Living so isolated, just Orest, myself and our two dogs, sharing everything 24 hours a day has been amazingly smooth. I was never really worried about that part, but think that if anyone saw us from the outside, they probably would think we were talking too much to the dogs and saying weird things. Orest clearly has a greater need for being alone than I do. Actually, we had made an agreement that he would go on a day’s hike alone one day a week, but often it was postponed because we have too much to do together. But especially when we are a little under pressure and things don’t really go as expected, he needs to get out on his own for a long walk.
It works great for him and his mood balance, to go on a hike all alone with a single or two nights stay in tent. And it’s also nice for me to be alone for a while, and healthier for both of us than staying together in a depressed mood, because we only have each other in such situations and that’s our way of solving it.
One thing that has been causing pressure on Orest is that his family has not understood the choice we made. Orest was born in Ukraine and raised in both Ukraine and Russia and he has parents, who had struggled all their lives to get away from the poverty in province in Soviet times and to move to the city, get an education and good jobs. A permanent job was a key to safety and security in their lives. It has been anxiety provoking and incomprehensible that we had chosen to move to something they have struggled to get away from. First to quit our good and safe jobs and then to move out into the woods as far away from the city as possible and cook food on “open fire”. Even though he is an adult and feels independent, it does still hurt him when his mom posts a “crying” smileys at every post he posted on Facebook. It does mainly characterize differences in generations. The younger generation of Ukrainians understands our choice, but they have also grown with relatively good wealth and with the Internet. They have been able to travel and have food on the table every day. But now we have bought a house (as it means “investment in property”), and this was accepted by Orest’s mother greatly and as a wise decision. She has even turned to the positive and enthusiastic about our new property Lövnäset as it brings positive memories of her childhood. And we even have a motorboat – as she remembers, that only the richest family had one in the village in Siberia, where she was grown up. Such a choice as we made is an “Industrial and wealth-country” choice. That kind of choice you make, when you have never suffered or never been in need and when you have traveled the world and realized yourself in many aspects. It is not a choice you make when you have never been able to afford a pair of new shoes.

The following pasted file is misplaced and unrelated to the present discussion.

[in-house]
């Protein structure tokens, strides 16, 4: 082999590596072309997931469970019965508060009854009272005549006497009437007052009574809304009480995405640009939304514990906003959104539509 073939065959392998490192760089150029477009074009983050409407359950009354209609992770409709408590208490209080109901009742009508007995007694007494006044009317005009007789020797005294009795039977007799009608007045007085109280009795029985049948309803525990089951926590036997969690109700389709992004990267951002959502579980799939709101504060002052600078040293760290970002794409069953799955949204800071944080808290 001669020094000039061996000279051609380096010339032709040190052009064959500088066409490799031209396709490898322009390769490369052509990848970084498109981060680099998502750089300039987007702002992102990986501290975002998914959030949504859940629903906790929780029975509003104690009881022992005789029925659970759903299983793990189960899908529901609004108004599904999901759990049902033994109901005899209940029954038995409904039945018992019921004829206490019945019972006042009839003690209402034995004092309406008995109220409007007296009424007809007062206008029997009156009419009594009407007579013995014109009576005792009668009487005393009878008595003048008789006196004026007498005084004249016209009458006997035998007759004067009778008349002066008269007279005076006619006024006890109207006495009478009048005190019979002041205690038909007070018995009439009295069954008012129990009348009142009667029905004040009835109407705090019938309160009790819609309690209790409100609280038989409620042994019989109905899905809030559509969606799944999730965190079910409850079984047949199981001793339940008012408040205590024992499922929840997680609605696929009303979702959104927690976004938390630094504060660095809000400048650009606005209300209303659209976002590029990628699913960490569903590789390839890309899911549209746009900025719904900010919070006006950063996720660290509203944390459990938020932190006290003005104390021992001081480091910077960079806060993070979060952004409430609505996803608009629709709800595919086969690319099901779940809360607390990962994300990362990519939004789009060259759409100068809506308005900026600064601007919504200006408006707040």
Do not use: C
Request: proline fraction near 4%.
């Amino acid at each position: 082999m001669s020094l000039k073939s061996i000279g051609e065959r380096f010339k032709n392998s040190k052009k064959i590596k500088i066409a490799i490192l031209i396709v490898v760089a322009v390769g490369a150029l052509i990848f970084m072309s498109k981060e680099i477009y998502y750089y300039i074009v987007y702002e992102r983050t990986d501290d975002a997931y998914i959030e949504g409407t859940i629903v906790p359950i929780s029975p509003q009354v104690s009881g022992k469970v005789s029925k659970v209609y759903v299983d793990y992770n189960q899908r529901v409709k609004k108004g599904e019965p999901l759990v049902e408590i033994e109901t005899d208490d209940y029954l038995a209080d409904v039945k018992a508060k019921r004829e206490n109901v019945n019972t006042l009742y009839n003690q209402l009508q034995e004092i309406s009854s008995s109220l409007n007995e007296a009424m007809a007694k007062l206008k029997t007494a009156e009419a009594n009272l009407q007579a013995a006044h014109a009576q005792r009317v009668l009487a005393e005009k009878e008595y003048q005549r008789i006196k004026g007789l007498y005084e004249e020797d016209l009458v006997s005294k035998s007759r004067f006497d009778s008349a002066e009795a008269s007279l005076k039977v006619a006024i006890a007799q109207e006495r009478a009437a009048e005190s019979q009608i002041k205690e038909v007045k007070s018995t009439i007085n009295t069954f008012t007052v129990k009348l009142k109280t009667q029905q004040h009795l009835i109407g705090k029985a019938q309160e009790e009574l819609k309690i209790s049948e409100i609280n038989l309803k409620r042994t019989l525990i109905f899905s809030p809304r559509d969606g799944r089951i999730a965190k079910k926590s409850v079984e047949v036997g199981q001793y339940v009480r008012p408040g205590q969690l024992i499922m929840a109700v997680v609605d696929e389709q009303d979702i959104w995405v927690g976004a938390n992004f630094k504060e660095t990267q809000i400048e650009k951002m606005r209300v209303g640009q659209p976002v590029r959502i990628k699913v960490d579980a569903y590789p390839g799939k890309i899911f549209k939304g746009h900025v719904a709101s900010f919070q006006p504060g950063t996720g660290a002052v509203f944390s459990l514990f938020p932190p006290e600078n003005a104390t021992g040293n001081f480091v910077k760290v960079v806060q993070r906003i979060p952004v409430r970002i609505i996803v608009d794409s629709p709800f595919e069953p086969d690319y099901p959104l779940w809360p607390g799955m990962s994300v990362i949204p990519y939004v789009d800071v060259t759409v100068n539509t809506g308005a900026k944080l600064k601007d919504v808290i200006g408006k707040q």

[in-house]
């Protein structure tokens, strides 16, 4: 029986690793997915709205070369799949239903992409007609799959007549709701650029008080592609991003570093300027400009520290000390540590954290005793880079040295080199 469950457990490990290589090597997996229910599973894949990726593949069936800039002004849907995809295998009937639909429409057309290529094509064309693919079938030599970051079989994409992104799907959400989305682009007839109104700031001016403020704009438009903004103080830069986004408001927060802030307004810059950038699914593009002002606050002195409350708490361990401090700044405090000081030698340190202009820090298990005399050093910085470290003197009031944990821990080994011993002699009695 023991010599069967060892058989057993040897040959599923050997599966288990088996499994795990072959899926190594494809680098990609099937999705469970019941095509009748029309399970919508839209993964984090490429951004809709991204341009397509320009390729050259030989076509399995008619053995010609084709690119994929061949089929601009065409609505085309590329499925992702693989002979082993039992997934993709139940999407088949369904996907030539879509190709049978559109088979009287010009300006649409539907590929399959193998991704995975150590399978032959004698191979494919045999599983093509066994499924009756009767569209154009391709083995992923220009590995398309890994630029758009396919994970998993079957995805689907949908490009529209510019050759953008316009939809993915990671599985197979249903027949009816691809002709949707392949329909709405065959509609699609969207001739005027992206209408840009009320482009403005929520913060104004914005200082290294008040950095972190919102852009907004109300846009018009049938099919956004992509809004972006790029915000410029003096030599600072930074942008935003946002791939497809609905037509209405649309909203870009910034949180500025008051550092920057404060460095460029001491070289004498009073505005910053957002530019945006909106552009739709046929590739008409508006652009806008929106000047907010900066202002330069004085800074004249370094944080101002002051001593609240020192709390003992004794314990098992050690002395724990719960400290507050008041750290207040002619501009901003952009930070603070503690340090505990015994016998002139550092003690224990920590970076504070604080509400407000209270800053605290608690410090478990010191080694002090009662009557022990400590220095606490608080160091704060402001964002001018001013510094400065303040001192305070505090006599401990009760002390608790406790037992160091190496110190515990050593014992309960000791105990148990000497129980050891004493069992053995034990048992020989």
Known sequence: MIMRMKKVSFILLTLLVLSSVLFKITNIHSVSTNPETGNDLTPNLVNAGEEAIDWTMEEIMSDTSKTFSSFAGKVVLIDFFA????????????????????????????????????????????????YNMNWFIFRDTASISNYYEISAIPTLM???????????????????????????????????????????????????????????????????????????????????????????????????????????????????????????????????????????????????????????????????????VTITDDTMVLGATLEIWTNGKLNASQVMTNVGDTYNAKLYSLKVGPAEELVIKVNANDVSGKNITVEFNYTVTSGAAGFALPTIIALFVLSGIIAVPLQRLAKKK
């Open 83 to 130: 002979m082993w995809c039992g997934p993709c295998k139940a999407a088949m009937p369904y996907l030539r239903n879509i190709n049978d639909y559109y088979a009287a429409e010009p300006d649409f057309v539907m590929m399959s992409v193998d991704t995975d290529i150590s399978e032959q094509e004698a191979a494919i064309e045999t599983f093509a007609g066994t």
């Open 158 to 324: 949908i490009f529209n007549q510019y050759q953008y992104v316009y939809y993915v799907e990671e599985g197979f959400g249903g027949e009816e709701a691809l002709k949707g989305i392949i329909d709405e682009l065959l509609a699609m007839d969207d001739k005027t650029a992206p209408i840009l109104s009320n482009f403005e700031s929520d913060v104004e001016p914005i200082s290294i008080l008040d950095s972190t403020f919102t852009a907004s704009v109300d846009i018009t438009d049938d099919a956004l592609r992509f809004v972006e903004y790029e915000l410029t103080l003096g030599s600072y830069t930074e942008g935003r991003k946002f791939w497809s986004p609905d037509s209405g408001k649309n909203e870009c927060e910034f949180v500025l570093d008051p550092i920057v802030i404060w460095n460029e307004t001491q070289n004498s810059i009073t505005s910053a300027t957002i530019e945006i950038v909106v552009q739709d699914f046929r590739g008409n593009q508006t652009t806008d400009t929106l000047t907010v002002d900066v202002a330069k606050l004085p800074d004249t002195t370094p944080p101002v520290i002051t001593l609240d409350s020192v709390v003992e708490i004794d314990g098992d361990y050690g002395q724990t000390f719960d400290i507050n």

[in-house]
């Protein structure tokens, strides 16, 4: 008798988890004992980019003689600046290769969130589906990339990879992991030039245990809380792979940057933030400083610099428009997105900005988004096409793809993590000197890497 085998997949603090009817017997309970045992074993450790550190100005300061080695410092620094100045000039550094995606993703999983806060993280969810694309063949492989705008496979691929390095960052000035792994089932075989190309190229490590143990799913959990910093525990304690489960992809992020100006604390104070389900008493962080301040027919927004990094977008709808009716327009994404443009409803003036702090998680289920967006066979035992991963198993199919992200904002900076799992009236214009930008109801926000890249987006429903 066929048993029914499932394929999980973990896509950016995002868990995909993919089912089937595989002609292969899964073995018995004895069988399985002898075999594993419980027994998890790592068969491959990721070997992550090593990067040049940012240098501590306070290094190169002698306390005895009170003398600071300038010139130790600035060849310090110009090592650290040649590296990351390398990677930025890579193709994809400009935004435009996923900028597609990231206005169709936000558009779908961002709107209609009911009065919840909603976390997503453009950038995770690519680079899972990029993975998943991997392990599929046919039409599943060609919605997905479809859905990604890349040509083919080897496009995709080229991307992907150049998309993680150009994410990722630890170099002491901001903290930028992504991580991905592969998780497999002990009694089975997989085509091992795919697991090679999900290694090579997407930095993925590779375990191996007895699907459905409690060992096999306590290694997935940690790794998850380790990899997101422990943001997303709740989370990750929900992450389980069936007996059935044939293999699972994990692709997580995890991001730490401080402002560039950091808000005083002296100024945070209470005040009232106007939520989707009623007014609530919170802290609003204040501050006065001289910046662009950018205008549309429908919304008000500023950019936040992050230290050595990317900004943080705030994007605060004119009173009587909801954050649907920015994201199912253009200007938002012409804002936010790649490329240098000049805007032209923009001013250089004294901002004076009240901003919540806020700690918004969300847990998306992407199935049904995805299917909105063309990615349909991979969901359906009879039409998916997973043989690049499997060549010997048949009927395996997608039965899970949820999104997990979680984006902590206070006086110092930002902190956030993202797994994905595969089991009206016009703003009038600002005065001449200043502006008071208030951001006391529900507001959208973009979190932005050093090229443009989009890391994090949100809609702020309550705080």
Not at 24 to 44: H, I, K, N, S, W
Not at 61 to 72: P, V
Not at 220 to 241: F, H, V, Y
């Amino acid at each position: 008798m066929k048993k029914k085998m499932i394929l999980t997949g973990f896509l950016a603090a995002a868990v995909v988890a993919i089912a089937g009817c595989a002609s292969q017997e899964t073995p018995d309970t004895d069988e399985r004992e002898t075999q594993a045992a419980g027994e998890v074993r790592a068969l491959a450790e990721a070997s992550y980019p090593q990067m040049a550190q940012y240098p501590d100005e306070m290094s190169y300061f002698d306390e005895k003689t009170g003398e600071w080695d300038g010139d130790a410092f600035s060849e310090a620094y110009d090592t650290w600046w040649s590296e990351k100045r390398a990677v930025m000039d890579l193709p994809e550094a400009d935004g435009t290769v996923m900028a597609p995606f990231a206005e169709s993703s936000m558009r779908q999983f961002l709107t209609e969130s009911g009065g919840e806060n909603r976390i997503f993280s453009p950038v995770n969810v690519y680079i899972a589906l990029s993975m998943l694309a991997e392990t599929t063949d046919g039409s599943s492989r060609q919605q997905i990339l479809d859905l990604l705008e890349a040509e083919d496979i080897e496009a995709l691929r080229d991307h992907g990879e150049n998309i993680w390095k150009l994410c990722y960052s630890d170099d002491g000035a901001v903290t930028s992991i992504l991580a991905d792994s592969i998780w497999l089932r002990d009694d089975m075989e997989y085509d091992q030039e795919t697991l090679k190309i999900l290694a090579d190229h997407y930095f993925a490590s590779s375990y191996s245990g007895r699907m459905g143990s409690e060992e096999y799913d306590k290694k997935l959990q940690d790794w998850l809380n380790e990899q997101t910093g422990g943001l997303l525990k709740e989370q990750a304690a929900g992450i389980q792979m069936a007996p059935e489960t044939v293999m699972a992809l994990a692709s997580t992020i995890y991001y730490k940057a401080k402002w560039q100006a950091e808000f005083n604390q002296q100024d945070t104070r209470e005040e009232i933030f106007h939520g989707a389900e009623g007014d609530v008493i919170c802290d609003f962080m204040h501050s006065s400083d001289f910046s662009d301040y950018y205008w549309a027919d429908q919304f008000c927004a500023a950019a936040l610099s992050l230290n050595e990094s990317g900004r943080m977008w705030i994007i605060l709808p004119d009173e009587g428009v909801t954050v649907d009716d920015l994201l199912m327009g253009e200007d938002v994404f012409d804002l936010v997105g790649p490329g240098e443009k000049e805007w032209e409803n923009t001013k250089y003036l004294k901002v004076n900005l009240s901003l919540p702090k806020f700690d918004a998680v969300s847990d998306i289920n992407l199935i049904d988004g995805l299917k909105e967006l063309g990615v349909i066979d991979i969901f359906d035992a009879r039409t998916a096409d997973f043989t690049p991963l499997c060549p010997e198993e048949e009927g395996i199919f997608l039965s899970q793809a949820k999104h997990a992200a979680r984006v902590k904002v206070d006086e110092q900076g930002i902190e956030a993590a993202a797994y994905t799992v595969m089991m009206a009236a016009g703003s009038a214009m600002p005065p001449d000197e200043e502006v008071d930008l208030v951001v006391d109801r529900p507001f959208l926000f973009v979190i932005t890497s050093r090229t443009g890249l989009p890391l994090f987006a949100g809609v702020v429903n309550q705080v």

Unfortunately, my parents are dead and I don’t know how they would have reacted to our choice.
Back to everyday life, many people ask what we spend the evenings on. That’s a pretty good question. We haven’t had TV in 15 years and I had actually told myself that I would start watching more TV. But that has not happened. We guess we watch TV approx. 10-20 hours a year. Now it’s around 9 p.m. while I’m writing this blog and Orest is sitting opposite to me and editing a video.
Soon our dogs should go out for a walk. Maybe you should take a bath and do some yoga exercises before sleep. This is what an ordinary evening typically looks like here.
But not on Sundays … I am return to the first blog and high heel shoes now! Sunday night is dedicated to a good food and glass of red wine. And then we take our nice clothes, I put on makeup and jump in my high heels.
It was a deal we made with each other on the way up here, because we knew that we would be wearing the ugliest and most practical clothes all the time every day. As Orest said the other day “When we lived in Copenhagen, we had the basement filled with the hiking equipment of highest quality”. It is constantly used now and all our fine “city” clothes are packed far away.